‘Hell On Wheels’ Season 2, Episode 2: ‘Durant, Nebraska’ Recap

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Anson Mount Hell on Wheels Durant Nebraska Hell On Wheels Season 2, Episode 2: Durant, Nebraska Recap

Even though not doing it may have been a bolder choice, it didn’t take long for Hell on Wheels to get things back to a more even keel. And an even keel for Hell on Wheels means an episode featuring men drunkenly spouting biblical verses around a campfire, while one manages to up the ante by producing a saber-toothed cat skull that (in the Swede’s increasingly distant mind, anyway) really brought home the essence of what he was talking about.

All in all, though, ‘Durant, Nebraska’ was really a homecoming; it smacks of the last time Cullen Bohannon (Anson Mount) was incarcerated, and facing execution – back when the Swede (Christopher Heyerdahl) had the whole of Hell on Wheels under his jurisdiction and just about everyone but Bohannon seemed to fear him. Now, though, times are a little tougher for Bohannon, as he’s scheduled to face a firing squad any day. After his captors attempt to bring out his cooperative side with a little simulated drowning exercise, Bohannon proves just how stubborn he can be by naming Robert E. Lee and Stonewall Jackson as his allies in the train robbings. Sadly, the soldiers don’t quite go for that idea and toss him back into the quaint little cell he’s been calling home for the last few days.

Bohannon receives a visit from his actual train-robbing partner, Doc Whitehead (Grainger Hines), and spends most of his time talking about how he feels nothing for the men he’s murdered – especially the innocent one at the end of last season, and how the only thing he’s got left is to die in such a way that allows him to be defiant right up until the bitter end. This seems to be the way things are headed, but instead Bohannon is tossed in a horse barn, and not in front of a firing squad. Inside, Durant (Colm Meaney) pops his head out and, after likening himself to God, reveals he literally holds Bohannon’s fate in his hands. Somehow, Durant has used his incredible influence and various friendships to secure a pardon for Mr. Bohannon – with a caveat, of course.

Initially reluctant to heed the call of Hell on Wheels once more – seeing as how he had resigned himself to death – Bohannon kicks the idea around a bit and remains as petulant as ever while he and Durant ride the train back to their destination. Sharing a car with a shackled Bohannon while enjoying an evening’s libation is apparently not a great idea, as the railroad tycoon ends up nearly strangled by Bohannon’s chains. In typical Durant fashion, he essentially laughs it off, passes his drink to Bohannon and excuses himself for the remainder of the ride back to Hell on Wheels.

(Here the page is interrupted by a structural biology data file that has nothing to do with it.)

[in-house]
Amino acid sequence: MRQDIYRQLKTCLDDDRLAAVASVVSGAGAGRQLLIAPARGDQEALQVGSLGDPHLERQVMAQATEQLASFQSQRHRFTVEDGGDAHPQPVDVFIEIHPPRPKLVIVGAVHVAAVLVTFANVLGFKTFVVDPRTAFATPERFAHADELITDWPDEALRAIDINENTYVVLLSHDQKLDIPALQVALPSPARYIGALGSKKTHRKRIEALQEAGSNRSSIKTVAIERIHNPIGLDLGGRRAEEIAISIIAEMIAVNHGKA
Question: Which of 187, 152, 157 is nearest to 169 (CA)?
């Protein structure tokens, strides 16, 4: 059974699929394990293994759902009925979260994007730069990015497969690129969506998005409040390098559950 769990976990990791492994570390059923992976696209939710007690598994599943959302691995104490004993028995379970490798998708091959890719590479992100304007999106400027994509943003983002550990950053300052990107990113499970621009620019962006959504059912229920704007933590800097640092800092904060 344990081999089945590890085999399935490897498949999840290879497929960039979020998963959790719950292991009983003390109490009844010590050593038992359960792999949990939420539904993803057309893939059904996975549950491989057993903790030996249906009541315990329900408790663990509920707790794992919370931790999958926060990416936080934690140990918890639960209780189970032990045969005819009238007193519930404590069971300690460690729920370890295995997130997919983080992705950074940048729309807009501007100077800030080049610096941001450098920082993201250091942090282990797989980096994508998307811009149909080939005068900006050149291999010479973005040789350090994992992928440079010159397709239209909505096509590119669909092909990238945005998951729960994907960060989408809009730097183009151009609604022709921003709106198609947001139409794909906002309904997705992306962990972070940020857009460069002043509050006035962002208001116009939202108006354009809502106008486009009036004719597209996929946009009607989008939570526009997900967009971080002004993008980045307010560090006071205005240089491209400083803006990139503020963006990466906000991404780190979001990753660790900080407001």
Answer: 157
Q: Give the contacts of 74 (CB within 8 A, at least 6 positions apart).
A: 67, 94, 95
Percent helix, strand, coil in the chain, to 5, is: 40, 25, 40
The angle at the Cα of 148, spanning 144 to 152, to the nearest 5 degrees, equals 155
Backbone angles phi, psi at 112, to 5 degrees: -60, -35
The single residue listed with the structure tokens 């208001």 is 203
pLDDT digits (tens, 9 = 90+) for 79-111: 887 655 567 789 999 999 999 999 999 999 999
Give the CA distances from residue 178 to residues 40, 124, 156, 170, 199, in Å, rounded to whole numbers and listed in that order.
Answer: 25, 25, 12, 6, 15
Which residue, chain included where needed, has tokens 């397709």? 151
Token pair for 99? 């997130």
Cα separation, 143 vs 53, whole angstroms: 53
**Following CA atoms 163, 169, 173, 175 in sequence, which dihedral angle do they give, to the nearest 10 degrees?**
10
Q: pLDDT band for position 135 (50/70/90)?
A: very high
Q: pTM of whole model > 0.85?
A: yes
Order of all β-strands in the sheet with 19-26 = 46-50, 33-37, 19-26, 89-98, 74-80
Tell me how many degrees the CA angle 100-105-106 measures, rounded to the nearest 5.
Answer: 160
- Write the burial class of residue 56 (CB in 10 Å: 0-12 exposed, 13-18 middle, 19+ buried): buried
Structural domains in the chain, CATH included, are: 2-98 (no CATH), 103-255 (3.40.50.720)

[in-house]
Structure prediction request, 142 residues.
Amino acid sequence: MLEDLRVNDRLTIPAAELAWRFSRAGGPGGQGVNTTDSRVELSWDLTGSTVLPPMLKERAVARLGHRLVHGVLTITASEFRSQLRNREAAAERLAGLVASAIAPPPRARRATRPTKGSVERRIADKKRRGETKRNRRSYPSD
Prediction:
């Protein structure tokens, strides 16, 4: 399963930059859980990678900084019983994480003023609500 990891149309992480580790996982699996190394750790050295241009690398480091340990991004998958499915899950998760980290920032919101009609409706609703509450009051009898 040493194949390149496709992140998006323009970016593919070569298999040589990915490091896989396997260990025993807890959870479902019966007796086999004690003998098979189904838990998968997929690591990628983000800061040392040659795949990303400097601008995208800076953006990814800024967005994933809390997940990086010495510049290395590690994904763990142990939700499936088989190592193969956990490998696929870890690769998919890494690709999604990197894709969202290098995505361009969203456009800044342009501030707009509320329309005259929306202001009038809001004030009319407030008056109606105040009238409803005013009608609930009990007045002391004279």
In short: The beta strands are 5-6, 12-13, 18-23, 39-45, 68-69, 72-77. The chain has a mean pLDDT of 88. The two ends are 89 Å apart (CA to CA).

But the episode wasn’t merely to get Cullen Bohannon back into the fray. It also brought Eva (Robin McLeavy) and Mr. Toole (Duncan Ollerenshaw) back to the titular town, after a band of raiding Sioux burn Durant, Nebraska to the ground. While it’s merely another attempt at settling back into the status quo, it is admittedly easier than constantly making up reasons for Elam Ferguson (Common) to travel to Durant and see the lady he gave up in the hands of what amounts to be the walking dead. Still, as far as petty battles over women go, the Elam/Eva/Toole issue is just as ridiculously implausible as the one involving Lily Bell (Dominique McElligott), Bohannon and Durant.

Robin McLeavy Breaking Bad Durant Nebraska Hell On Wheels Season 2, Episode 2: Durant, Nebraska Recap

The destruction of Durant also provides a chance to get Lily involved in the proceedings, after Eva demands justice for the slain prostitute from the season premiere. Naturally, she goes to Elam, but he’s initially as uninterested in finding and punishing the killer of a prostitute as the rest of Hell on Wheel’s denizens. It’s only after Lily mentions the request came from Eva that Elam gets to business. In the most outlandishly swift manor possible, Elam manages to track the culprit down, squeeze a confession out of him, stab him repeatedly and not face any kind of punishment or retribution. Only time will tell if this romantic gesture will be enough to win Elam Eva’s heart once again.

In the long run, though, the destruction of Durant, Nebraska stands as another turning point in the railroad’s destiny by pitting its future against the Sioux, who according to Joseph Black Moon (Eddie Spears) have just declared war on Durant’s expansion – no doubt a decision to move into the sacred land, which was discussed in the season opener will serve to help this cause.

The episode ends with a fantastic slow-motion tracking shot through Hell on Wheels where Bohannon sees exactly just how things have changed in his absence. The highlight of which is the look on Bohannon’s face as Reverend Cole (Tom Noonan) walks by, oblivious to his presence, or of the world for that matter. Sadly, any artistry in the episode’s closing is lost when Bohannon, looking out from the back door of his new digs, makes eye-contact with the delirious Swede who had apparently been waiting in that exact spot for that sole purpose.

It’s taken two episodes to get things back to where they were last season, but with little mention of his plot for revenge, what kind of changed Bohannon are we looking at?